The 2008 economic crisis was exploited by ruling classes to strengthen disciplinary mechanisms through increased austerity. It is time to challenge the lie of austerity. Neoliberal policies around austerity increase inequality, which in turn, hurt long-term growth and stability in the economy. As more and more citizens become aware of the economic damage of inequality, policy makers will become more open to redistribution. While the structure and agency of neoliberalism furnished the conditions for global capitalist expansion they did not provide a function to address inequality. There is sparse evidence for the role of neoliberal capitalism in supporting and extending personal liberty. Indeed, the workings of capitalism are usually subtle, and its effects on the range of human choice have generally been unintended by those bringing them about. That is, they often occur as a by-product of actions motivated by quite other ends-in-view (i.e. making a profit).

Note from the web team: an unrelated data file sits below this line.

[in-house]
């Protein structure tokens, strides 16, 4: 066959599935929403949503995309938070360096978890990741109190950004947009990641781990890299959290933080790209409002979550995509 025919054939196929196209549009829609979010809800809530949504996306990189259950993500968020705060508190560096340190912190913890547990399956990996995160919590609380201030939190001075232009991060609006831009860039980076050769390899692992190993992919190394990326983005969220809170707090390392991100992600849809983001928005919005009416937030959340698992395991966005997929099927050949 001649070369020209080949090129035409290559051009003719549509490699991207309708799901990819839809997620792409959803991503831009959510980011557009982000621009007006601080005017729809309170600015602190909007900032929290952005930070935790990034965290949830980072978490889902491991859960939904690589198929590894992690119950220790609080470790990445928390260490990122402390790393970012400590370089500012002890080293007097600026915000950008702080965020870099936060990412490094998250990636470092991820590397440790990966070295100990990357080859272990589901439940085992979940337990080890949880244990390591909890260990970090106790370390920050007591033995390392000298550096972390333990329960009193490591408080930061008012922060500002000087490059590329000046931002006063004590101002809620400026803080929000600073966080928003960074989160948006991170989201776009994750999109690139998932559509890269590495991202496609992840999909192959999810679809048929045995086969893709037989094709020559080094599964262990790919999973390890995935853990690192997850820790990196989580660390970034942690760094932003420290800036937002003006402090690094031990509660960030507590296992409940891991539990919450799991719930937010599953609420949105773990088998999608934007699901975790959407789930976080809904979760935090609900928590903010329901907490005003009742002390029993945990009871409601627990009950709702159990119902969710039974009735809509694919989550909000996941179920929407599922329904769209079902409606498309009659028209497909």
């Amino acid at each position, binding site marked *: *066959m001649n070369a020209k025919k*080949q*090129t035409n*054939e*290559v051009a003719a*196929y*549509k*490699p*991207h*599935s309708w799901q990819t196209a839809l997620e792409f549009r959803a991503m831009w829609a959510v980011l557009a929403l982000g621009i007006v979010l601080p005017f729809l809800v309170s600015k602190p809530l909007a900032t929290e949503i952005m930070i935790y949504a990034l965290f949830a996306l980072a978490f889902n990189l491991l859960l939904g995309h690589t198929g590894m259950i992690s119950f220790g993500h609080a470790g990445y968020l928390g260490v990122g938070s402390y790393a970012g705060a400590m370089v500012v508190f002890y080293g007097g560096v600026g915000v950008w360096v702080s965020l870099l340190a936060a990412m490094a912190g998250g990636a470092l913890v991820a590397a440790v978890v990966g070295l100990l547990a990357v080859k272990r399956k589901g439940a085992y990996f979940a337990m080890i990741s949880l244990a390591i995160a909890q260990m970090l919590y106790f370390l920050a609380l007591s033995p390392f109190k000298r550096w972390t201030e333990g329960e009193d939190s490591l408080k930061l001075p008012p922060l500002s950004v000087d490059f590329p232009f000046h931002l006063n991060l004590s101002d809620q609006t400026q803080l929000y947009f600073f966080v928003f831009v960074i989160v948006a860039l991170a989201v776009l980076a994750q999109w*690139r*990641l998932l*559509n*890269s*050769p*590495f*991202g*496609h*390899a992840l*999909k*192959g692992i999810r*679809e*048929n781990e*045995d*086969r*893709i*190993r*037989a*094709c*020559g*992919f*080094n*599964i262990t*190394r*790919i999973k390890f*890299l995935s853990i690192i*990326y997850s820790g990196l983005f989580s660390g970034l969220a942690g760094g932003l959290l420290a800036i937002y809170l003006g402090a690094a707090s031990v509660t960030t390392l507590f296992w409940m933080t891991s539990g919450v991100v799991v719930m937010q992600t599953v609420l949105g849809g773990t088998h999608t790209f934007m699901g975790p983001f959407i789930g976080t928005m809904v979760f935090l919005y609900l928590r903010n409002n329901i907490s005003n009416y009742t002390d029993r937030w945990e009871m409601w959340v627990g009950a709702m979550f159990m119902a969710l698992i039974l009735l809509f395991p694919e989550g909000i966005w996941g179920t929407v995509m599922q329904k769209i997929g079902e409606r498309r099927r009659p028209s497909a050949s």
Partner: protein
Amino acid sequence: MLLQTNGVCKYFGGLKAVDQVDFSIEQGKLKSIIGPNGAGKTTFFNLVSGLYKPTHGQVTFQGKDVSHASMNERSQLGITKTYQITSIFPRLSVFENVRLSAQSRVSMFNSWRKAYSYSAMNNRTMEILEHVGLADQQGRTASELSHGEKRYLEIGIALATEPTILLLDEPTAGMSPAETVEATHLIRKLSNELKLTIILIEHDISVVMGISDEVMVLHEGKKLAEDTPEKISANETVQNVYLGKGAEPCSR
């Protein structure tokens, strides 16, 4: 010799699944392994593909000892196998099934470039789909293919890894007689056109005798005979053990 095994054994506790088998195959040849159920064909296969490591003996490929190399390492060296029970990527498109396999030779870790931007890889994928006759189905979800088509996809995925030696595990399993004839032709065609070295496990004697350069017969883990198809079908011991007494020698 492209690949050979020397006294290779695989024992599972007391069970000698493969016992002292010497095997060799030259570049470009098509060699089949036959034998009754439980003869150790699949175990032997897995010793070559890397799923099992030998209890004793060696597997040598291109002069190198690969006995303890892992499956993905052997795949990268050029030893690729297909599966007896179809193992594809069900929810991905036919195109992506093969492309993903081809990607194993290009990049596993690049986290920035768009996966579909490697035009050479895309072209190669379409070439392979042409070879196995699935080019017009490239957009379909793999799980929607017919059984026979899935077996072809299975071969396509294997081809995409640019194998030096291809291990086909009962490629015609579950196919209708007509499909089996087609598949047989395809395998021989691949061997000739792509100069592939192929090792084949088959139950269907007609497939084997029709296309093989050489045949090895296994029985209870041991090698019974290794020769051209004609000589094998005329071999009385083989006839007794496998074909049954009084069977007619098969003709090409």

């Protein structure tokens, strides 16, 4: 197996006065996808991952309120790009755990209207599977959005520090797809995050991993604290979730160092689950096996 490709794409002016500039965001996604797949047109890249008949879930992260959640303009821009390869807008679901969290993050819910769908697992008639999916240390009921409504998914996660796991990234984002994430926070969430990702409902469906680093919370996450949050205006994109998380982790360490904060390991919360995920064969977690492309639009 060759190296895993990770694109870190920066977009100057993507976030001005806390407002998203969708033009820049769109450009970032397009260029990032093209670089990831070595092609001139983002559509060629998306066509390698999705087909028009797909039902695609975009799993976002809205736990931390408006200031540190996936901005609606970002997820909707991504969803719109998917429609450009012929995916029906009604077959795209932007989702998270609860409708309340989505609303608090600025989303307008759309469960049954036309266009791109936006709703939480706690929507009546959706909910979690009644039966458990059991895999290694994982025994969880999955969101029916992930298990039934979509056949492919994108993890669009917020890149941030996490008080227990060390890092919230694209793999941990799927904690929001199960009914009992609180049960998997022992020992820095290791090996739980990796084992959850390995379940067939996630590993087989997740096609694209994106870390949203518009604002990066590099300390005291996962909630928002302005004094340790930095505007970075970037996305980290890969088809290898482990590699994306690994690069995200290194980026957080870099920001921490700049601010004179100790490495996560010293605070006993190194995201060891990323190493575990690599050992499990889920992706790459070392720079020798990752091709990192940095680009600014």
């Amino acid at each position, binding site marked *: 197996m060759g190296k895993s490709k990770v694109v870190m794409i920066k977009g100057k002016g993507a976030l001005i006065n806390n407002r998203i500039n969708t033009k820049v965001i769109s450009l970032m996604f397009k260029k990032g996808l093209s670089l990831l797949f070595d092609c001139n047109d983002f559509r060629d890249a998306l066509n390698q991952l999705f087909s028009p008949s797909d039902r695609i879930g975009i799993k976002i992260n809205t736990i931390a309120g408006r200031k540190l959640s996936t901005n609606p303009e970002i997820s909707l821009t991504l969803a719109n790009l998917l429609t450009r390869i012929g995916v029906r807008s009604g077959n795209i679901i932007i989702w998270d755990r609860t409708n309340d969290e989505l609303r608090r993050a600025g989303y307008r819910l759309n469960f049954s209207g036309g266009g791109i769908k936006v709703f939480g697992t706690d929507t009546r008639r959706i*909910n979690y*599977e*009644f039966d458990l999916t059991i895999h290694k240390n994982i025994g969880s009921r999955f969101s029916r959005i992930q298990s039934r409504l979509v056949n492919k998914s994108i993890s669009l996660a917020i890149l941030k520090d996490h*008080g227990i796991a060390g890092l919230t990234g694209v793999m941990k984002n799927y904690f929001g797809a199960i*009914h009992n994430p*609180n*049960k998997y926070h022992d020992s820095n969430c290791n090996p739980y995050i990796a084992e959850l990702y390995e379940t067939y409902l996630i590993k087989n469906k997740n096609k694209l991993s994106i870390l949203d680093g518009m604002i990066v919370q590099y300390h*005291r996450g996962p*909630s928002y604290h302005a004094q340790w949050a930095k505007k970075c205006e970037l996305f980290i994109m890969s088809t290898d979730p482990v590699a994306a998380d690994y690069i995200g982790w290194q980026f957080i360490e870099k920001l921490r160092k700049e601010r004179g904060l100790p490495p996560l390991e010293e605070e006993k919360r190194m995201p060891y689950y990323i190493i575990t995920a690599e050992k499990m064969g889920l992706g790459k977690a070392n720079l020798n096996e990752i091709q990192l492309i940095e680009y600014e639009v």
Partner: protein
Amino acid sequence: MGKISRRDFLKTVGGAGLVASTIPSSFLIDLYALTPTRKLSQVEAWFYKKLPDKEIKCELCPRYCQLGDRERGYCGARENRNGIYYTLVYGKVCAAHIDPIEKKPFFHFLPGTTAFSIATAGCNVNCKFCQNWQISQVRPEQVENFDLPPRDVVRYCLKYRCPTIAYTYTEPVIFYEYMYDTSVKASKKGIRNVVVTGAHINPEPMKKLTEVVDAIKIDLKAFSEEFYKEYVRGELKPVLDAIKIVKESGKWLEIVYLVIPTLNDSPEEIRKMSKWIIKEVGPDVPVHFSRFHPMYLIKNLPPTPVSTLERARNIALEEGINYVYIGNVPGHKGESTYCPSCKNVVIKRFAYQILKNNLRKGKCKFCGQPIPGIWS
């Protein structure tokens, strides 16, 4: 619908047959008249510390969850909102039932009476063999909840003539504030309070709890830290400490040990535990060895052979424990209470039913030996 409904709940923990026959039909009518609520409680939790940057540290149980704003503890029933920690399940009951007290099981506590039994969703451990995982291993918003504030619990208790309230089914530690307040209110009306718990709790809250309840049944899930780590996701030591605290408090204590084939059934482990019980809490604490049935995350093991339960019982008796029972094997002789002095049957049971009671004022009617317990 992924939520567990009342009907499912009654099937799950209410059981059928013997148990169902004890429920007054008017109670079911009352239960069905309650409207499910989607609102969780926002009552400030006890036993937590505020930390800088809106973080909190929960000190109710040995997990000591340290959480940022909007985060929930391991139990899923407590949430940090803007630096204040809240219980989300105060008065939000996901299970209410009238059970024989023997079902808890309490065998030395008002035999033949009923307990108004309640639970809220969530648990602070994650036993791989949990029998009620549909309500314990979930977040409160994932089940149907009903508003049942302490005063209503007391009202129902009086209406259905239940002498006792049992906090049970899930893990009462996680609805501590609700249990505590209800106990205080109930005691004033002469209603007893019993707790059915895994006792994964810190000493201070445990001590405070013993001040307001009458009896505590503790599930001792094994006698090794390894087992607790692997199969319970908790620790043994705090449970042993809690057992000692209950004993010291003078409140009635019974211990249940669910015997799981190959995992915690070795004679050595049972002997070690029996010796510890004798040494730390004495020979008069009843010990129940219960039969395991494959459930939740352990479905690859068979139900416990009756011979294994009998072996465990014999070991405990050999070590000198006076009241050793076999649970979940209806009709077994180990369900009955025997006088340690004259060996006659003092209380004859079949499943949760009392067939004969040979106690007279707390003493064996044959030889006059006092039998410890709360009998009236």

Remember, a key hegemonic claim is that the market provides a natural mechanism for rational economic allocation. Thus, attempts to regulate capital via political decisions produce suboptimal outcomes. This thinking is used to undermine the mechanics of popular engagement in determining policy. The actual individuals – the economic elite – who control the decision-making undermine other associations, like unions, under the rhetoric of personal freedom. The economic elite remove decision-making out of hands of the working class and rely on the politicians they own and the media they control to provide explanations of reductions in social programs like Obamacare and Medicaid in order to cover the tax cuts for the wealthy. The proposed GOP tax cuts for all is window-dressing to make the offer ‘look’ attractive, while in reality smoke and mirrors to obscure the fact that it is a giveaway to giant corporations, and does not provide long-term relief for the working class.